So far, I have emphasized how a robust IT system can help providers and ACOs identify patients requiring specific types of care and tabulate progress towards goals. But does this happen by itself? Definitely not. Even the most well-oiled ACOs with years of experience need an IT team to stay on top of the data. This team should consist of IT specialists at the ACO working closely with the IT specialists from the IT vendor (if applicable).
Clear understanding of new measures and plans for meeting targets
The ACO also needs to invest time in reviewing the new measures being tracked by its IT systems. In 2018, the Medicare Shared Savings Plan (MSSP), will require 33 quality measures. These measures will in large part overlap with the quality measures in Medicaid and commercial plans.
For each measure, the ACO needs to ensure it has a plan in place to meet its targets. In MSSP, the first 7 measures relate to patient/caregiver experience. These are less amenable to simple measurement or tabulation. But the majority of the remaining 26 measures are well suited for an IT-driven strategy for both patient outreach and measurement during the year.
Ongoing review and oversight by medical leadership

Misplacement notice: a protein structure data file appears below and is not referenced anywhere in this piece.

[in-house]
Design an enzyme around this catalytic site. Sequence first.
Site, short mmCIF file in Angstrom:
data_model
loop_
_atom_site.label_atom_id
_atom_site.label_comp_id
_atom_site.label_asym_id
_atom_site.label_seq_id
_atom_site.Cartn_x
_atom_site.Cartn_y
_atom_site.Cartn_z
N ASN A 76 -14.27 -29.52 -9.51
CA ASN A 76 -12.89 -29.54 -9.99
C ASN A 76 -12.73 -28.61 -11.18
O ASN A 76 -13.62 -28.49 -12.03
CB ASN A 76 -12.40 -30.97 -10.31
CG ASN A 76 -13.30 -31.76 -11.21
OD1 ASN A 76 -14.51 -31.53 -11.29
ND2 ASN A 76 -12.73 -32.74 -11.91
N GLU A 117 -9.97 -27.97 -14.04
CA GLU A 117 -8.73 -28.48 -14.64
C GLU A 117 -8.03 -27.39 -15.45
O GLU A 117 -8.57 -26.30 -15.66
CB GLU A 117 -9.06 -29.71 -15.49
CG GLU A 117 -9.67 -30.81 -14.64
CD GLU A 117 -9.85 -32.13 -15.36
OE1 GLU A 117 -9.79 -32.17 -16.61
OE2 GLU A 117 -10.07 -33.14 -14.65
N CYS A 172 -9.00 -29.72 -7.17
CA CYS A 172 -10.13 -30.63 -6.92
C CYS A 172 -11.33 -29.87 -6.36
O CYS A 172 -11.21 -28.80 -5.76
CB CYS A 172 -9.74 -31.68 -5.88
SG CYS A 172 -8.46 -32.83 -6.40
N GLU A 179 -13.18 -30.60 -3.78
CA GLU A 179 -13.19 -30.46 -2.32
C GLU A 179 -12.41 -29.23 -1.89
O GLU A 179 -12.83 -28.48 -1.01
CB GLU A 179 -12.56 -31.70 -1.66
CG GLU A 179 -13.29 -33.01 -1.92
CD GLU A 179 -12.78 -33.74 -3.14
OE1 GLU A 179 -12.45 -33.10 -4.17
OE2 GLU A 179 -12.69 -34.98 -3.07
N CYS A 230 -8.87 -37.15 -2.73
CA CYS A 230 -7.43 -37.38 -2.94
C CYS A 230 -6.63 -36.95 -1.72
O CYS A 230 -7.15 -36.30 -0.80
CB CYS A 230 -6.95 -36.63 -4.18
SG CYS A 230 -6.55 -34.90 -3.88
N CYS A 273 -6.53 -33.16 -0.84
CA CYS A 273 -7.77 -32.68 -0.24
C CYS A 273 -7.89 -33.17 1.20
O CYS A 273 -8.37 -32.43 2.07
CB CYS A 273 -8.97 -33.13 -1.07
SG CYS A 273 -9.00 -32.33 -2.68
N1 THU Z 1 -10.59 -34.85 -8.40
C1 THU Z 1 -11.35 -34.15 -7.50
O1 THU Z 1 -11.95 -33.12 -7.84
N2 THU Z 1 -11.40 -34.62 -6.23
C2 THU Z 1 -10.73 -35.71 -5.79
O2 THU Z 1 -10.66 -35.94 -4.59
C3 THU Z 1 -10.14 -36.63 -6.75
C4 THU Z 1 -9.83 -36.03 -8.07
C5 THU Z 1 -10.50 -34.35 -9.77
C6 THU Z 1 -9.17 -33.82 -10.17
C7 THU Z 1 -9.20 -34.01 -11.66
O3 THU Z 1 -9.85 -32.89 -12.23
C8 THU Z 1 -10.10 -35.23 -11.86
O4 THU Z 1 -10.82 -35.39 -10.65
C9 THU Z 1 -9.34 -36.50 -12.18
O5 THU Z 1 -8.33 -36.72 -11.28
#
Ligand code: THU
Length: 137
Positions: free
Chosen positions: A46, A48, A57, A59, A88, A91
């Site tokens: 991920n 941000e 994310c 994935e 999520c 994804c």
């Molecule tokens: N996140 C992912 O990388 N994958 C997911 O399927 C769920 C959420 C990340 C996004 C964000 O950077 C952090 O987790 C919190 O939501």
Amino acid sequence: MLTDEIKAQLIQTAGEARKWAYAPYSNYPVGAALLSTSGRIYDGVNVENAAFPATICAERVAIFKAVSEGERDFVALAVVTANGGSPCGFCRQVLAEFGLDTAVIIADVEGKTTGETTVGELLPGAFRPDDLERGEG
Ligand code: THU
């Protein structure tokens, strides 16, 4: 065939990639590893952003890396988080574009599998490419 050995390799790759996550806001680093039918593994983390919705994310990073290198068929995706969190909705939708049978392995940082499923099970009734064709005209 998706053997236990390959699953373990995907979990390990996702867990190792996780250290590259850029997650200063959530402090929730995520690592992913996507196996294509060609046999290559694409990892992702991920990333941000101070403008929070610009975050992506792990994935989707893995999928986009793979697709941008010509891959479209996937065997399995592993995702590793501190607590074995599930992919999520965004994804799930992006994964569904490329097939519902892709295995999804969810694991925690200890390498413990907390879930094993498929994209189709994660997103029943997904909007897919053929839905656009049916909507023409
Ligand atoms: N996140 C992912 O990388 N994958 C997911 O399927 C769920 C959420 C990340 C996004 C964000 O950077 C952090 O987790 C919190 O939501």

The successful ACO also requires medical leadership that is invested in the philosophy of continuous quality improvement. This leadership must also have the budget and staff to reach down into the street level of the organization – into every practice large and small – to ensure that systems are in place to do the outreach to patients requiring care and making certain that already scheduled patients receive the care they need.
The medical leadership must also review quality measure and diagnosis coding progress on a monthly and quarterly basis, both at the overall network level and at the practice levels. The variation in performance between groups can be powerful material to motivate positive change.
Support for local clinical leaders
Medical leaders gain broad value from investing in the development of local practice leaders, who can more directly manage activities and drive transformation on the ground.
Local practice leaders need to have the IT tools to understand how they are performing as the year progresses both in the quality measures and the aggregate diagnosis coding process. Local leaders should learn how to use their IT tools and work with their local IT staff to assist them in their outreach and coding work. Local leaders will also benefit from the support of centralized quality and risk adjustment management programs.
Appropriate financial rewards for physicians responsible for executing the work
Ideally financial surpluses generated from succeeding in this work are distributed back to the primary providers who did the lion’s share of the work.
I cannot stress enough how important it is that ACO leadership champion these quality measure and medical diagnosis outreach processes. The effort and investment to get this work done well is significant, but the payoff in both clinical and financial improvement is huge.
Do you have a question for Dr. Parker?